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3 years, No Rain, A Saudi Permaculture Project...

 
George Meljon
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Location: Southern Indiana zone 5b
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https://www.youtube.com/watch?v=C1_ImV8U6Lk



The Al Baydha Project is documenting a very promising permaculture design implementation on you tube. This latest video shows what happens after their first rain in 3 years, one which will feed the trees that are planted there for 6 years. Really quality stuff to couple with geoff lawton's work in Jordan. The vision is to bring rainfall in the area back to multiple times per year. The man speaks perfect english and is very well versed in permaculture design concepts. Enjoy!

Edit: please move to whatever forum would be appropriate if this is not, oops!
 
Darin Kirschbaum
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Beautiful and inspiring. I love seeing earthworks full of water after a rain, and in the desert even more so. Please post pictures/video of the rest of the site and let us know what's been going on there for the duration of the project. Was that an olive you were holding up?
 
Ce Rice
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That is pretty cool.

Will be nice to see a 1, 2 and 5 year progress. I wish them success and hope they get at least an annual rainfall for the next few years!
 
Jen Shrock
pollinator
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You can learn more about the project at http://www.permacultureglobal.com/projects/286-al-baydha-project
 
Paulo Bessa
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Beautiful!!!

And so great example. This together with the Jordan's Lawton project, are two great examples of Permaculture in the desert.
Its the way to go after.

I want to ask a question, perhaps someone knows how to answer:

How large does a desert area need to be cover with forest, in order to promote local thunderstorm production?
I am very curious to know how many ha or square km/miles it needs.
 
John Elliott
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There is a word for this - "reversing the cycle of desertification". It's "oasification", taken from the Spanish oasificación, meaning to turn a desert into an oasis. There is a research effort going on at the University of Valladolid in Spain where they study groundwater movement and how to retain it, which is quite timely, since climate change is bringing a dryer future to Spain.

What's interesting to note in this video is that there are quite a few desert trees uphill from where they built their catchment berm when the camera pans back toward the mountains. That is probably what led them to place the berm where they did, since trees like that need some source of groundwater, like the infrequent rains.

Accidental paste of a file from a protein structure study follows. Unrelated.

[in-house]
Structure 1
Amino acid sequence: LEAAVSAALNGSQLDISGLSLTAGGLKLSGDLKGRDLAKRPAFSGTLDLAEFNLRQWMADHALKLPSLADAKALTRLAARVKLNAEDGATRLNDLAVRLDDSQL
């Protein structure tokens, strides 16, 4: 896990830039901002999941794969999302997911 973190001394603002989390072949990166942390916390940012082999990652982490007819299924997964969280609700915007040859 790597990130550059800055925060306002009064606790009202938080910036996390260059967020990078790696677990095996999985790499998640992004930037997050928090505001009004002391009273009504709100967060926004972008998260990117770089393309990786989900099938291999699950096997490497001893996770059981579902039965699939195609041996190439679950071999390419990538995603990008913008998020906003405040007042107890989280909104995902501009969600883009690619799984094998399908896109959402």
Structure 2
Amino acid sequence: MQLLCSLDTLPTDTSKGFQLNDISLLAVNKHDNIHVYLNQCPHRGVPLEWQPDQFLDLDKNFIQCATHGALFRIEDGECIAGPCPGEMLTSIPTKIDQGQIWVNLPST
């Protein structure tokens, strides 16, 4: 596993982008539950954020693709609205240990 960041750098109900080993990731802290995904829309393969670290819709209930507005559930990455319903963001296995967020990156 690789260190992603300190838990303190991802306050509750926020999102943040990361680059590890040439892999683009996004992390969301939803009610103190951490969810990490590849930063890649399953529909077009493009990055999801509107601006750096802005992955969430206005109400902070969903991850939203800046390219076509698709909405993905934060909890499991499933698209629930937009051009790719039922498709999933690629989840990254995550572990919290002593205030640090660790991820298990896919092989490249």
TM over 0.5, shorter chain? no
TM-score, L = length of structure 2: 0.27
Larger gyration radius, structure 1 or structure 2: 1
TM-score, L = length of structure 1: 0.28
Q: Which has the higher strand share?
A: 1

Paulo, to answer your question, I think it takes tens of square kilometers of water evaporation to initiate a thunderstorm, but on the smaller scale even the microclimate of a clump of trees can provide enough transpiration to increase the amount of precip in a small area during an individual thunderstorm. The former measurement of thunderstorm formation is something that can be observed by aerial or satellite measurements, while the latter measurement can be done by comparing point measurements close to trees with ones in places that there are no trees.
 
Michael Cox
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Location: Kent, UK - Zone 8
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I've read a bit about this project - the area used to be well treed and a major industry was cutting and supplying firewood for nearby cities. Clearing and overgrazing led to their current predicament.

There are other videos from the project on YouTube, including an excellent one walking through their series of on contour stone walls (basically very low gabions) that narrows down to a gully, where they have constructed much larger, heavier gabions from local stone mostly using hand labour. One small rain event deposited noticeable amounts of sediment upstream of each little check dam and on one larger gabion nearly a meter of sand and silt was deposited after one rain storm.

Importantly they started from the very top of the watershed, slowing and sinking the flow so that it doesn't have a chance to reach destructive speeds.
 
George Meljon
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Location: Southern Indiana zone 5b
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John, I'm not sure but I think the trees up hill are on contour swales.
 
Neal Spackman
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Location: Makkah, Saudi Arabia
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Hey folks,

I'm the one who made this video and running the permaculture/construction aspects of this project--we had another thread going in the greening the desert part of the forum, but I'm happy to talk about what we're doing out here.

Neal
 
Neal Spackman
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Location: Makkah, Saudi Arabia